Bailey, Hannah

Hannah is in the Biochemistry, Molecular and Structural Biology Graduate Program, joined the Quinlan lab in 2018, and joined the CMB training program in 2020.  She received a B.S. in Biochemistry and Molecular Biology from Otterbein University.

Mentor: Dr. Margot Quinlan

Research project:

The process of egg development, oogenesis, is highly conserved among animals and is crucial for producing healthy offspring. The fruit fly, Drosophila melanogaster, has long served as a model system to understand aspects of egg development including intercellular signaling and mRNA localization. I am interested in understanding the role of the actin cytoskeleton in regulating the localization of mRNAs and therefore development. An essential component of a developing Drosophila egg is a cytoplasmic actin meshwork that persists during mid-oogenesis.

This complex actin network is built by the collaboration of actin nucleators, Spire and Cappuccino (Spir and Capu). We do not know how the composition, organization, stabilization, or removal of the mesh are controlled. The requirement of actin binding proteins in early oogenesis makes this a challenging problem. Further, we have been unable to visualize the transition stage, as egg chambers expire ex vivo just prior to the removal of the mesh.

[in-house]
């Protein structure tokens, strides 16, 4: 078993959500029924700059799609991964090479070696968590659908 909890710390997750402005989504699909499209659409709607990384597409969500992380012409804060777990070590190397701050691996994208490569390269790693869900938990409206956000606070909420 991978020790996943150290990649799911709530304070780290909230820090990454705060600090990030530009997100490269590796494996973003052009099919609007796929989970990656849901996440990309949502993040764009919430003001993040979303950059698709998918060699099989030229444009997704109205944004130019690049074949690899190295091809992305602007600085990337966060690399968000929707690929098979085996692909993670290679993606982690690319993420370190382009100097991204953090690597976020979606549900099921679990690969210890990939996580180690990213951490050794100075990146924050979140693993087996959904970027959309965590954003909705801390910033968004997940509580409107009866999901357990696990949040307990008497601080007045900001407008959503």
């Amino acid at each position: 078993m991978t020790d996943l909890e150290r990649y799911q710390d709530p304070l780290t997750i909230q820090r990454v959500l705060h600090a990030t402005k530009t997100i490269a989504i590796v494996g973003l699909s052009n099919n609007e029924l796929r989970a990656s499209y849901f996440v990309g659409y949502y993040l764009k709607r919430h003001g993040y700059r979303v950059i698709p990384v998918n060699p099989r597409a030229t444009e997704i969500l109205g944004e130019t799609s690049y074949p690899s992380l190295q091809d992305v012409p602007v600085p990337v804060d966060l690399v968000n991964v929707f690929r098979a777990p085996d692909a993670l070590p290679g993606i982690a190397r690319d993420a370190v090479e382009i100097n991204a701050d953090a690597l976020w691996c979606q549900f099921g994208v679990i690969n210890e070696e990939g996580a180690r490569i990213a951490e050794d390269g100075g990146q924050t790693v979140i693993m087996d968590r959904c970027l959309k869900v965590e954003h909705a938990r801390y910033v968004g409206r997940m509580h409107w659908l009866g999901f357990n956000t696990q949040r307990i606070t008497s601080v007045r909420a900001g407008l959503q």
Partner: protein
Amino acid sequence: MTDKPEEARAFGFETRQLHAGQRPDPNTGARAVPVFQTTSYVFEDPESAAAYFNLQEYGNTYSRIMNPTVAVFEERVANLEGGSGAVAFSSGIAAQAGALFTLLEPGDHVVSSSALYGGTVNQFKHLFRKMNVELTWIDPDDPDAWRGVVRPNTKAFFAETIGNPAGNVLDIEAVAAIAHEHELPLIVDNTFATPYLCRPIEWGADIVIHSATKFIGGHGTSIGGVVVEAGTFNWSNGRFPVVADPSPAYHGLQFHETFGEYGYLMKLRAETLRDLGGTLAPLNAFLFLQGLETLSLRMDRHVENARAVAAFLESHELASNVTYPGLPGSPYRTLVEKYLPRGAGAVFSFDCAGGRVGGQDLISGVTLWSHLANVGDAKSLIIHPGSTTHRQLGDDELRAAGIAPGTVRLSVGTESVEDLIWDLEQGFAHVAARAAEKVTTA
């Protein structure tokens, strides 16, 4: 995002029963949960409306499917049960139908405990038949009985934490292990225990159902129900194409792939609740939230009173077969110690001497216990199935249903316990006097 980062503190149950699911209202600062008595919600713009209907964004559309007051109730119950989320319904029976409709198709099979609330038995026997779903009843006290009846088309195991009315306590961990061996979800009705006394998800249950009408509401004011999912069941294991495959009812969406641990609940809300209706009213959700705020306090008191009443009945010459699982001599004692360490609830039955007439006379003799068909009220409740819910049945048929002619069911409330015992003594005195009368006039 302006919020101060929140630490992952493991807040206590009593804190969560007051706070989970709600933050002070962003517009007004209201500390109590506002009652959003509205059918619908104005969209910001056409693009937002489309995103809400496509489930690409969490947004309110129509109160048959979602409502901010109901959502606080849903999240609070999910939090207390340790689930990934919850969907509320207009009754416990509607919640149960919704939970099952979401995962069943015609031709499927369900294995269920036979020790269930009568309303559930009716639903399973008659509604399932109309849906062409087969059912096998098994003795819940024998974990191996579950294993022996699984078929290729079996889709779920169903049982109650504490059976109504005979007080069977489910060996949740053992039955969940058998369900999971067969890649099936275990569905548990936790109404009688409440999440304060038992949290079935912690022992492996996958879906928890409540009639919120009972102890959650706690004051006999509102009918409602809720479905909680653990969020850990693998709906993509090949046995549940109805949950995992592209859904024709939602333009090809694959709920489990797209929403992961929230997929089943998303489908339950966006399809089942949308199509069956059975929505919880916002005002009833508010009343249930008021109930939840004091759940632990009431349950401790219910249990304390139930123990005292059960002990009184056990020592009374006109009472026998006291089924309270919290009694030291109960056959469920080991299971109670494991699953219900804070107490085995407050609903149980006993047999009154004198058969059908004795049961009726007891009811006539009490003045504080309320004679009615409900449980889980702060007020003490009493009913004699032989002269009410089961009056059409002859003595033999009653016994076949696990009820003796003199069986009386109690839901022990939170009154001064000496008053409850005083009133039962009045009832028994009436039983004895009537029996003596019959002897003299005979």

My work focuses on developing methods to directly observe the mesh and study the underlying mechanisms that regulate its removal. I will further Drosophila oogenesis research by providing a new method for long-term microscopy based analyses. This work will also provide a greater understanding of the dynamic actin rearrangements that occur during development and can be used to advance our knowledge about these processes in other organisms.